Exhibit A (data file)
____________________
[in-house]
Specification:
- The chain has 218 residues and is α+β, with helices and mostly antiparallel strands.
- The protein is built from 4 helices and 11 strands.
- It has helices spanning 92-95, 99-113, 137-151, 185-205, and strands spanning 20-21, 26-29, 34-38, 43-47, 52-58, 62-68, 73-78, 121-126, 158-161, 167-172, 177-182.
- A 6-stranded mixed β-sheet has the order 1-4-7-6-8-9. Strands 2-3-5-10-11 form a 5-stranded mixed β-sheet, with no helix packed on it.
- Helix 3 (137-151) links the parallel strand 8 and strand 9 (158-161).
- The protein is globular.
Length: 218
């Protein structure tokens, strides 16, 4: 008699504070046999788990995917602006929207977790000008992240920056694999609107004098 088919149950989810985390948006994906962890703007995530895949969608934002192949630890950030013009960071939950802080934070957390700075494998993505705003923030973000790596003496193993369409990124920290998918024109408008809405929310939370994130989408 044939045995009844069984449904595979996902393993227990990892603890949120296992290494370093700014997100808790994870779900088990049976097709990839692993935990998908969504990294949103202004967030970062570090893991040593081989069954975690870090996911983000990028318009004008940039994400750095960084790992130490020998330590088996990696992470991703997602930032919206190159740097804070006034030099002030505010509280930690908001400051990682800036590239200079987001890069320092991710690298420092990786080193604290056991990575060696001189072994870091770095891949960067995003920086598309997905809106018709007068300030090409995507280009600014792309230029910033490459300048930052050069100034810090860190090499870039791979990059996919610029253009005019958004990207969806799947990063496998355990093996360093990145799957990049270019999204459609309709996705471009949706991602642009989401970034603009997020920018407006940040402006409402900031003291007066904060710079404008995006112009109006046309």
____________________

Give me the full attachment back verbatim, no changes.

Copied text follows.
[in-house]
Specification:
- The chain has 218 residues and is α+β, with helices and mostly antiparallel strands.
- The protein is built from 4 helices and 11 strands.
- It has helices spanning 92-95, 99-113, 137-151, 185-205, and strands spanning 20-21, 26-29, 34-38, 43-47, 52-58, 62-68, 73-78, 121-126, 158-161, 167-172, 177-182.
- A 6-stranded mixed β-sheet has the order 1-4-7-6-8-9. Strands 2-3-5-10-11 form a 5-stranded mixed β-sheet, with no helix packed on it.
- Helix 3 (137-151) links the parallel strand 8 and strand 9 (158-161).
- The protein is globular.
Length: 218
């Protein structure tokens, strides 16, 4: 008699504070046999788990995917602006929207977790000008992240920056694999609107004098 088919149950989810985390948006994906962890703007995530895949969608934002192949630890950030013009960071939950802080934070957390700075494998993505705003923030973000790596003496193993369409990124920290998918024109408008809405929310939370994130989408 044939045995009844069984449904595979996902393993227990990892603890949120296992290494370093700014997100808790994870779900088990049976097709990839692993935990998908969504990294949103202004967030970062570090893991040593081989069954975690870090996911983000990028318009004008940039994400750095960084790992130490020998330590088996990696992470991703997602930032919206190159740097804070006034030099002030505010509280930690908001400051990682800036590239200079987001890069320092991710690298420092990786080193604290056991990575060696001189072994870091770095891949960067995003920086598309997905809106018709007068300030090409995507280009600014792309230029910033490459300048930052050069100034810090860190090499870039791979990059996919610029253009005019958004990207969806799947990063496998355990093996360093990145799957990049270019999204459609309709996705471009949706991602642009989401970034603009997020920018407006940040402006409402900031003291007066904060710079404008995006112009109006046309």